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In 1909, ballet impresario Sergei Diaghilev took a gamble on a young Russian composer, giving Igor Stravinsky the scenario for The Firebird, which would be the first ballet with an  original  score  for his Paris-based Ballets Russes. The story, drawn from Russian folklore, tells  about the powerful ogre Kastchei, who captures young princesses and turns their  would- be rescuers to stone, and Prince Ivan and the titular firebird, who free them.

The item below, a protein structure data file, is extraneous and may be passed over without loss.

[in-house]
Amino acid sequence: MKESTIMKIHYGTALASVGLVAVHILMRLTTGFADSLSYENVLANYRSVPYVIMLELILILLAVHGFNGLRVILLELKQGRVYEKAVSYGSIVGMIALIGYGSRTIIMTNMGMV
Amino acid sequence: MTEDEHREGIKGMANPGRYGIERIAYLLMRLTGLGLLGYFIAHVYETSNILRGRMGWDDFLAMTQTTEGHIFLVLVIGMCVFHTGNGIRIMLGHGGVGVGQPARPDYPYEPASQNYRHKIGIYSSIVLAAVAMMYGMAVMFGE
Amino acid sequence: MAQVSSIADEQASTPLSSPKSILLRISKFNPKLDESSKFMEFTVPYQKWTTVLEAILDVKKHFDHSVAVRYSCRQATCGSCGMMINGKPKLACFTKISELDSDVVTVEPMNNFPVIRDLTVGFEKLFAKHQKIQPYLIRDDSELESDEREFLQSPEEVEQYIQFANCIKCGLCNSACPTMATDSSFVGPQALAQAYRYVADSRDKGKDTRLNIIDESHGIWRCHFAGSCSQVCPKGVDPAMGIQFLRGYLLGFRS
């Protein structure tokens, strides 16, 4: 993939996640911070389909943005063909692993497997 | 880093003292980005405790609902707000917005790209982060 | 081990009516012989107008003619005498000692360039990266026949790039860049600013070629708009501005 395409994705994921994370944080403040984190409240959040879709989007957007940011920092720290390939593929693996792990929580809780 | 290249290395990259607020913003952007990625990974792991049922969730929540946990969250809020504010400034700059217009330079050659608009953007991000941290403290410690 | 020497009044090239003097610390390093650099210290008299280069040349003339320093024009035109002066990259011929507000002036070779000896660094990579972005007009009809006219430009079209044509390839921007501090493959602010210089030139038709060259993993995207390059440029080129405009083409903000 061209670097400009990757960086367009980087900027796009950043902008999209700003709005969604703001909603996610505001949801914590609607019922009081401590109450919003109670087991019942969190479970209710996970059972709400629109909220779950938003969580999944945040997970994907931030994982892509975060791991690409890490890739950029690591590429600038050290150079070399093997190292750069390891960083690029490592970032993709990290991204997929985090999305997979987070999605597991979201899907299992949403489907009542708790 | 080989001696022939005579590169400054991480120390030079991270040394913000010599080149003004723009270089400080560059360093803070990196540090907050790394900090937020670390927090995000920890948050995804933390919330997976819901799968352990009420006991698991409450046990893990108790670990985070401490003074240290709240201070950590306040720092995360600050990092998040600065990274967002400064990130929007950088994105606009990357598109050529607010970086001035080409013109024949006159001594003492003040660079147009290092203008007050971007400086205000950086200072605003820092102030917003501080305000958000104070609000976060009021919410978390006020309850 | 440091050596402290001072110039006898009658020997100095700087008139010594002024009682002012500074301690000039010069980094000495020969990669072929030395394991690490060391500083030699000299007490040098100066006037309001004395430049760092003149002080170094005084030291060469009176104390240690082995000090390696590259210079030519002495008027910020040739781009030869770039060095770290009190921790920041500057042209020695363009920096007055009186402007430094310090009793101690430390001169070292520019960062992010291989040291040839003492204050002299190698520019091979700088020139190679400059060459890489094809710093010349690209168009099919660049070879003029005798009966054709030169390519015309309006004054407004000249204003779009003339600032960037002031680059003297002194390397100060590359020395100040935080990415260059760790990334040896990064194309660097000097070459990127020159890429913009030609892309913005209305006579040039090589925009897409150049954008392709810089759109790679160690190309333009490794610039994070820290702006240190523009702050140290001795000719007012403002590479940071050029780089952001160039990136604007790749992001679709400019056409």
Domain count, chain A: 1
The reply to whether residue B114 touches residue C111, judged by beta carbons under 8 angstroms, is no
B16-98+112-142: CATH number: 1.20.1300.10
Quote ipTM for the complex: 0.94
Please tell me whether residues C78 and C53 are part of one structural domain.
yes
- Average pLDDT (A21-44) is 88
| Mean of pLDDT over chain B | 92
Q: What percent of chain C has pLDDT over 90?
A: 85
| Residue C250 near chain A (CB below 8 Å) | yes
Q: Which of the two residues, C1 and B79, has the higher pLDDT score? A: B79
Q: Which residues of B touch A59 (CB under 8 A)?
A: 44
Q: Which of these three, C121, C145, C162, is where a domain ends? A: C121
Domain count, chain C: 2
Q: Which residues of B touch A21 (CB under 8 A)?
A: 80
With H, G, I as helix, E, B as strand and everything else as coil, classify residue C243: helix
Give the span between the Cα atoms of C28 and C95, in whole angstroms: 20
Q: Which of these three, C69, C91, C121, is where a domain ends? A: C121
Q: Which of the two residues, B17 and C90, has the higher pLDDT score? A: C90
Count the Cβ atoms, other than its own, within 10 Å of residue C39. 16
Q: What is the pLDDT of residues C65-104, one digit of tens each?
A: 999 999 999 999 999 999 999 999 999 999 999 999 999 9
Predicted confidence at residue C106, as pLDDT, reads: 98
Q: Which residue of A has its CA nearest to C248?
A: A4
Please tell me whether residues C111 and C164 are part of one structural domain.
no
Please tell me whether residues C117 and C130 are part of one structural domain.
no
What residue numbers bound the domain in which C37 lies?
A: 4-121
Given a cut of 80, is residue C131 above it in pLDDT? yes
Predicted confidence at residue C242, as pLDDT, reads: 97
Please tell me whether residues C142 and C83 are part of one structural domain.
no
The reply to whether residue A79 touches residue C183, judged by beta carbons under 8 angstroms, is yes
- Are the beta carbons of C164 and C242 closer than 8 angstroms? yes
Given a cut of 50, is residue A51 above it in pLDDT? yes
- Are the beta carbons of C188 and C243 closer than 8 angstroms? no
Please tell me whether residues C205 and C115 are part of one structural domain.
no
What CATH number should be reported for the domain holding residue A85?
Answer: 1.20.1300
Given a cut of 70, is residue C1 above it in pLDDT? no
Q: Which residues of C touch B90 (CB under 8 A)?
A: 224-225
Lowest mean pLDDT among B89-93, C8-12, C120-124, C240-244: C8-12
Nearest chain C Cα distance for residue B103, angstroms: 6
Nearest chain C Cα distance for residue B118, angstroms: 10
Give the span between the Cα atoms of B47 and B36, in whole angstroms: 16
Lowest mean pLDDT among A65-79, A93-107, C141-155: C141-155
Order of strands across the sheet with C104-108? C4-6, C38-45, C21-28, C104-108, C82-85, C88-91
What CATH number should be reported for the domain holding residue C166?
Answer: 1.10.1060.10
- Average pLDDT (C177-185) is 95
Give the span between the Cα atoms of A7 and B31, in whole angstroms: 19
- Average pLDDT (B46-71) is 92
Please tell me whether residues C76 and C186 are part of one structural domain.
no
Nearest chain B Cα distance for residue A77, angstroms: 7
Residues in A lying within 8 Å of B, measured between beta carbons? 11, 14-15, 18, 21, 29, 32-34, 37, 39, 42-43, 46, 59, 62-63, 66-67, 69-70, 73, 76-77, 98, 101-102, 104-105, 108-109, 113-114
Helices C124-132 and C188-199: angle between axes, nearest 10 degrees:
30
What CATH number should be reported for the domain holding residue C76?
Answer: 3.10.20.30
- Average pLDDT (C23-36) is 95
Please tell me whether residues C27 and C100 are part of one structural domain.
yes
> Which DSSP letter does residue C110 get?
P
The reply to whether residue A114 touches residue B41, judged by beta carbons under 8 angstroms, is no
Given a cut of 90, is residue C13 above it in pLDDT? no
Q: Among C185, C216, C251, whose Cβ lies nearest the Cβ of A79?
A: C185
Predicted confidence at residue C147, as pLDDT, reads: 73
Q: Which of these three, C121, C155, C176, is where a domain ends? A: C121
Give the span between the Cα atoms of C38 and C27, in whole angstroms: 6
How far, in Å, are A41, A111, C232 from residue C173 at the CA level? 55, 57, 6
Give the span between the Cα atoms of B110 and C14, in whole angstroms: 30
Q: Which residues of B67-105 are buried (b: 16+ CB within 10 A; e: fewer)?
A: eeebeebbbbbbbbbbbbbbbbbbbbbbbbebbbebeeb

Immediately inspired – he stopped work on his opera The Nightingale to attend to the new project – Stravinsky gave Diaghilev  a dazzling score that mixed exotic musical imagery for the supernatural  characters and folk song-like tunes (or actual folk songs) for the humans.

At the climax of the ballet, the firebird casts a spell on Kastchei, and his magical minions dance  themselves  into exhaustion. The Berceuse is the  lullaby that puts the ogre to sleep, and the finale  is the joyful celebration of Ivan and the rescued princesses.